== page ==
Information on GHB Grand Forks ND

First used as an anesthetic in the 1960s, GHB later was used as a bodybuilding supplement because of its alleged anabolic effects. In the last 10 years, it’s become a recreational drug, available as a powder for snorting or smoking and as a liquid for drinking or adding to another drink. The highly concentrated liquid is usually sold in small plastic bottles for about $10. A bottle contains 9 or 10 “hits” of a capful each.

University of North Dakota
(701) 777-2127
200 McCannel Hall
Grand Forks, ND
Services Provided
Substance abuse
Types of Care
Outpatient

Data Provided by:
Northeast Human Service Center
(701) 795-3000
151 South 4th Street
Grand Forks, ND
Hotline
(800) 845-3731
Services Provided
Substance abuse
Types of Care
Outpatient, Partial hospitalization/day treatment
Special Programs/Groups
Adolescents, Persons with co-occurring mental and substance abuse disorders, Pregnant/postpartum women, Women

Data Provided by:
Drake Counseling
(701) 732-2300
1451 44th Avenue South
Grand Forks, ND
Services Provided
Substance abuse
Types of Care
Outpatient, Partial hospitalization/day treatment
Special Programs/Groups
DUI/DWI offenders

Data Provided by:
Glenmore Recovery Center
(218) 773-4994
1424 Central Avenue NE
East Grand Forks, MN
Services Provided
Substance abuse
Types of Care
Outpatient

Data Provided by:
S.T.E.P.S.
(701) 226-6752
1720 Burnt Boat Road
Bismarck, ND
Services Provided
Substance abuse
Types of Care
Outpatient, Partial hospitalization/day treatment
Special Programs/Groups
Adolescents, Persons with co-occurring mental and substance abuse disorders

Data Provided by:
STEP Program
(701) 837-4989
107 Conklin Avenue
Grand Forks, ND
Services Provided
Substance abuse , Halfway house
Types of Care
Residential short-term treatment (30 days or less), Residential long-term treatment (more than 30 days)
Special Programs/Groups
Pregnant/postpartum women, Women, Residential beds for clients' children

Data Provided by:
Regional Evaluation and Counseling
(701) 746-4944
1407 24th Avenue South
Grand Forks, ND
Services Provided
Substance abuse
Types of Care
Outpatient
Special Programs/Groups
Adolescents

Data Provided by:
Agassiz Associates, PLLC
(701) 746-6336
1407 24th Avenue South
Grand Forks, ND
Services Provided
Substance abuse
Types of Care
Outpatient
Special Programs/Groups
DUI/DWI offenders

Data Provided by:
Douglas Place Inc
(218) 793-0420
1111 Gateway Drive
East Grand Forks, MN
Services Provided
Substance abuse , Halfway house
Types of Care
Residential long-term treatment (more than 30 days)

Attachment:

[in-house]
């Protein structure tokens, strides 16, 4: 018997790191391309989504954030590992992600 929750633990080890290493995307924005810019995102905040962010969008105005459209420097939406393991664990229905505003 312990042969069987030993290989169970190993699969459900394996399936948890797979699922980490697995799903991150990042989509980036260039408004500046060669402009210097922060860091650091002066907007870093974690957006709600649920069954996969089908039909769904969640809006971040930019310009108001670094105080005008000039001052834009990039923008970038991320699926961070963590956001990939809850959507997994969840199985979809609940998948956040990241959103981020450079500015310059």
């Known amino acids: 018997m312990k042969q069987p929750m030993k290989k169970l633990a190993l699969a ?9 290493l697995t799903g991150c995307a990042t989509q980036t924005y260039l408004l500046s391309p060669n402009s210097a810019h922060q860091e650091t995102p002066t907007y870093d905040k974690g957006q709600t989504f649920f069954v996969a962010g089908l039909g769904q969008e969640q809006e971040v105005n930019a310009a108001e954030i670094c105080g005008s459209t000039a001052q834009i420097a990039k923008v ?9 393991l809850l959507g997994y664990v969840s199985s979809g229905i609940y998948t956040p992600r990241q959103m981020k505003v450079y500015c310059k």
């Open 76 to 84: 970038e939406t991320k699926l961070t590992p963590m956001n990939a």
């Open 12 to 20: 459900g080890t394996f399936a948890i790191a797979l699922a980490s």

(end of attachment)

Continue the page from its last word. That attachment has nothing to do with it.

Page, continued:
Special Programs/Groups
Women

Data Provided by:
Southeast Human Service Center
(701) 298-4500x4434
2624 9th Avenue South
Fargo, ND
Hotline
(701) 235-7335
Services Provided
Substance abuse
Types of Care
Outpatient, Partial hospitalization/day treatment
Special Programs/Groups
Adolescents, Persons with co-occurring mental and substance abuse disorders, Women
Language Services
ASL or other assistance for hearing impaired

Data Provided by:
Data Provided by:

Information on GHB

GHB is also called as “liquid ecstasy,” this cheaper club drug can be most dangerous when mixed with alcohol. Here’s how to support a patient who’s overdosed. ara Walters, 23, is brought to your emergency department (ED) after she collapsed at a nightclub. The paramedics report that when they arrived on the scene, Ms. Walters was unconscious and her vital signs were: BP 118/64; pulse, 64; respirations, 10; and temperature, 950 F (350 C)-mildly hypothermic. Although the paramedics gave her 4 mg of intravenous (LV) naloxone during transport, she’s still unresponsive, indicating that a narcotic overdose isn’t a factor. Her friends told the paramedics that Ms. Walters had been drinking alcohol and something called liquid X, which you recognize as a street name for gammahydroxybutyrate (GHB), also called liquid ecstasy. Like the street drug known as ecstasy, an amphetamine, GHB enhances sensitivity to touch and reduces inhibitions. Her pupils are 4 mm and brisk to react, and her gag reflex is severely depressed. She’s intubated to protect her airway You start a second IN line and obtain specimens for a complete blood cell (CBC) count, electrolytes, blood glucose level, blood urea nitrogen level, blood alcohol level, thyroid stimu lating hormone, serum creatine kinase, and urine drug screen. Start an infusion of 0.9% sodium chloride solution with 100 mg of thiamine (because alcohol depletes thiamine stores). Lab results reflect an alcohol...

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